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Reflux disease

Reflux diseases (“Heartburn” and “reflux”)

Heartburn/acid regurgitation frequently occurs because of increased reflux of acidic gastric juice into the oesophagus. The culprit is often a hernia (so-called “hiatus hernia”). The formation of a diaphragm rupture is, among other factors, promoted by obesity, but there is also a hereditary component. Heartburn can also result from poor nutrition and other specific factors such as smoking (nicotine) and stress.

 

Symptoms/Problems

In principle, a complete resolution of symptoms can be achieved. Most complaints can, in addition to the typical acidic belching and burning sensation in the throat and stomach, include flatulence, changes in the sense of taste etc. Consider our questionnaire to this topic in the download section.

 

Clarification

A hiatus hernia or other changes (i.e. gastric ulcer, gastritis, gastric polyps, gastric cancer, celiac disease, infections, indications for allergic diseases and others) may exist. In about half of all examinations, a normal result can present itself and then "non-erosive reflux disease" is presumed. If the cause of symptoms is unclear in some cases, further clarification can be undertaken using manometry (pressure measurement) and/or acid measurement methods in our practice.

Therapy

Lifestyle adjustments

Adjustments made to one’s lifestyle are the first and most important measures. General measures that are helpful in reducing heartburn/reflux are:

–        discontinuation of smoking: nicotine is the strongest factor causing reflux!

–        not eating too late in the evening and walking after dinner

–        sleeping in an inclined bed so that the upper body is positioned higher than the legs

–        overweight status: weight loss

–        loose clothing (not too tight pants and belt fitted loosely)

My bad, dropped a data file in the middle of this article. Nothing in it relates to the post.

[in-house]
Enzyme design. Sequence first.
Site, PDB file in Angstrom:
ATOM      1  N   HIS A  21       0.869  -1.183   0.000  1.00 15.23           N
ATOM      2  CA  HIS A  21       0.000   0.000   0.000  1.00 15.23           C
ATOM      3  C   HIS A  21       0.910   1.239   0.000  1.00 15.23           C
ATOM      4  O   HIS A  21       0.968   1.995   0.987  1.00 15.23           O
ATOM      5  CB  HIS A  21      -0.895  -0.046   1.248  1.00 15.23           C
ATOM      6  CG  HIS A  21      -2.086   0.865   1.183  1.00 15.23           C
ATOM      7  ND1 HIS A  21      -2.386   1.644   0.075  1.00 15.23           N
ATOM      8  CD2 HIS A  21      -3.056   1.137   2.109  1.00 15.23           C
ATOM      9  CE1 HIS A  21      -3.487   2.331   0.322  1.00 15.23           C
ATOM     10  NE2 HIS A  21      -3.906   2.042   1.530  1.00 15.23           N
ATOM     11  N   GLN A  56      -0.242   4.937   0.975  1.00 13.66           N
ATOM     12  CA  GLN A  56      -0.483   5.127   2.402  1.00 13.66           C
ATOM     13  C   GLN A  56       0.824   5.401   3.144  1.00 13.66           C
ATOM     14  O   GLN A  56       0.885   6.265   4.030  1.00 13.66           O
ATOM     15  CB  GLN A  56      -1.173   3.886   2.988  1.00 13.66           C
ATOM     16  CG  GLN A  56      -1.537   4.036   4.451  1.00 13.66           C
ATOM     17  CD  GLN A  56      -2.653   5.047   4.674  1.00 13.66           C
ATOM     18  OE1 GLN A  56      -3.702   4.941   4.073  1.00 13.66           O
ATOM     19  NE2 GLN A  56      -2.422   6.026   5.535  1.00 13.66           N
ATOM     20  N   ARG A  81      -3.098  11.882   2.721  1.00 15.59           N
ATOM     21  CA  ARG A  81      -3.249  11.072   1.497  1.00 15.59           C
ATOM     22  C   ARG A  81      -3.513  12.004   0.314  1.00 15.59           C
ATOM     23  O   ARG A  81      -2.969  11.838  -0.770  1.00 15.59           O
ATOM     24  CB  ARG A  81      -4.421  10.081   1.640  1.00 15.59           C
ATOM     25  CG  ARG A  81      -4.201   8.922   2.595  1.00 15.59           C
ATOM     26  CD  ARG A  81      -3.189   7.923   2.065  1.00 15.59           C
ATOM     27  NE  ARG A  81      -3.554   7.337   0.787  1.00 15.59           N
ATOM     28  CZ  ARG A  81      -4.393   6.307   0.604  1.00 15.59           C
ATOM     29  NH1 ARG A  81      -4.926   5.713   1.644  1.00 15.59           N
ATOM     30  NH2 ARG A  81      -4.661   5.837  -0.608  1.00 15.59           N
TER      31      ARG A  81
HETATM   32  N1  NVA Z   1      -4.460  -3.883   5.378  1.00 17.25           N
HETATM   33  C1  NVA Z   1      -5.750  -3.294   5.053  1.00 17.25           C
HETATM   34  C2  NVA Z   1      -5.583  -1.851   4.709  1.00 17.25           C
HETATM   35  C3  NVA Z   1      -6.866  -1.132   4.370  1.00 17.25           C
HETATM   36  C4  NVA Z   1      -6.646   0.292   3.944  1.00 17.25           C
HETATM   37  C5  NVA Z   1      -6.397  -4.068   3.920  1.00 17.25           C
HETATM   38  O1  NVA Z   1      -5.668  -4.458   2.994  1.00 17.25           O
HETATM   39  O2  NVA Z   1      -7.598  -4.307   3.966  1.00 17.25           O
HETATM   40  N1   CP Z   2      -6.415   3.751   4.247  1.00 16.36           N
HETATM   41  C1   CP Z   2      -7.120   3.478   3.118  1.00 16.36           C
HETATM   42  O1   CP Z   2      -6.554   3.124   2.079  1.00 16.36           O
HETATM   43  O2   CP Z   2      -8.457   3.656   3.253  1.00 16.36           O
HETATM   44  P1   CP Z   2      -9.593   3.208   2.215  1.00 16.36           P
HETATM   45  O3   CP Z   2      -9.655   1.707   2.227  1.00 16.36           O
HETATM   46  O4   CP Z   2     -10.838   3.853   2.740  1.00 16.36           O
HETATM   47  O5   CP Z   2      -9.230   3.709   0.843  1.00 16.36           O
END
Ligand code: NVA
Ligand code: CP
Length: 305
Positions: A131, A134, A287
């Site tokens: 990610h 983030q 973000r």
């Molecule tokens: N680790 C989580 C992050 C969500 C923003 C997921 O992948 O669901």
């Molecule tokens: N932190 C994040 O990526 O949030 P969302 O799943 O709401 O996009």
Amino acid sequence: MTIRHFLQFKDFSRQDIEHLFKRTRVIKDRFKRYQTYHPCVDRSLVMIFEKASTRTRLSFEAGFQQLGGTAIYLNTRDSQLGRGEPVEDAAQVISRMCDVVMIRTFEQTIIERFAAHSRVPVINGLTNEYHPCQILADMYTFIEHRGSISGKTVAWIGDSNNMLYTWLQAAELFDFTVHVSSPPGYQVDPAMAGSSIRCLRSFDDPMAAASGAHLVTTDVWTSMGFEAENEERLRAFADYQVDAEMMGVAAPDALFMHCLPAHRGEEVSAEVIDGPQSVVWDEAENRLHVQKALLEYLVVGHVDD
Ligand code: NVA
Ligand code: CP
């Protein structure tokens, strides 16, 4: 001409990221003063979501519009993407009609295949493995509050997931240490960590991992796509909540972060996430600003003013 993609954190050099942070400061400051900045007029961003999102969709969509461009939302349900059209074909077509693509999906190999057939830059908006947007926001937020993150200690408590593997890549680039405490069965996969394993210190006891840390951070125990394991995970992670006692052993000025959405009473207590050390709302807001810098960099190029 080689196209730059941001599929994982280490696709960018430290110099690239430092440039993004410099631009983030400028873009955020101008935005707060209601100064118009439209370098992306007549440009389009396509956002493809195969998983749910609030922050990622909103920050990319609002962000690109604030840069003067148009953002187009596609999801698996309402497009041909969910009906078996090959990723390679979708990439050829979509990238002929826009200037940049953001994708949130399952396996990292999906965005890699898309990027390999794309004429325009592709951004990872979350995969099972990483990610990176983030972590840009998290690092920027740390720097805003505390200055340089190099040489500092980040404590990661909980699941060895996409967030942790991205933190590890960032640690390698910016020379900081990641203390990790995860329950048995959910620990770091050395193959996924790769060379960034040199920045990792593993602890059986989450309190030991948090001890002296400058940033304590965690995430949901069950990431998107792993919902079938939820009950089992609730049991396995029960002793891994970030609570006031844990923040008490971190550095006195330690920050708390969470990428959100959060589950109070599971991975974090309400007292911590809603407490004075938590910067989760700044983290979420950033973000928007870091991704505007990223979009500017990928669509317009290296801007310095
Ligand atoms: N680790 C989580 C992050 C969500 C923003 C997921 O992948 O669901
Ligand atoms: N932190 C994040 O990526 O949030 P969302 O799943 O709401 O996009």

Nutrition

Nutritional factors that can promote heartburn/reflux should be avoided. Individual intolerances should be taken into consideration! Although there are no strict diet recommendations associated with reflux diseases, there are some general nutritional principles which include:

–        avoiding sugars and sugary foods

–        avoiding fats and fatty foods

–        avoiding hard to digest foods (often based on an individual’s tolerance)

–        spreading several small meals throughout the day

 

 

 

Nutritional factors that can promote heartburn/reflux should be avoided. Individual intolerances should be taken into consideration! Although there are no strict diet recommendations associated with reflux diseases, there are some general nutritional principles which include:

–        avoiding sugars and sugary foods

–        avoiding fats and fatty foods

–        avoiding hard to digest foods (often based on an individual’s tolerance)

–        spreading several small meals throughout the day

 

 

 

Consumption of the following foods can trigger symptoms and should be avoided based on individual tolerance:

–        acid-rich foods such as tomatoes, tomato sauce, ketchup, citrus fruits/juices

–        strongly heated breaded and deep-fried fats

–        full cream (heated) cheese, mayonnaise, fatty meat and fish products

–        hot spices and sauces, cabbage, cucumbers, peppers, onions and garlic

–        pickled vegetables, vinegar in large quantities, sour, unripe fruit and their juices

–        cacao, chocolate, (in general) sweets and ice creams

–        coffee in general, black tea, cola and energy drinks

–        alcohol, sweetened mineral water, carbonated mineral water (especially with an empty stomach)

–        bouillon broth and possibly also raw food (salad/fruit), cereals/whole grains in general

 

Medication

Acid-binding drugs such as “Rennie”, Alucol, Riopan etc (as lozenges or gels): these directly bind acid and immediately result in a decrease in heartburn and its symptoms. The effect, however, does not last very long. Regular intake of so-called proton pump inhibitors (acid blockers) in tablet form such as omeprazole, pantoprazole, esomeprazole, lansoprazole, rabeprazole (prescribed by your doctor) can lead to an approx. 24-hour continuous acid blocking action in the stomach. They should be used when heartburn persists beyond the effect of general acid-binding drugs.

 

Surgery

In some severe cases, particularly when the above mentioned measures do not achieve some relief, there is the possibility of surgical treatment (e.g. fundoplication [anti-reflux surgery]). We can organize this therapy with our network of surgical partners.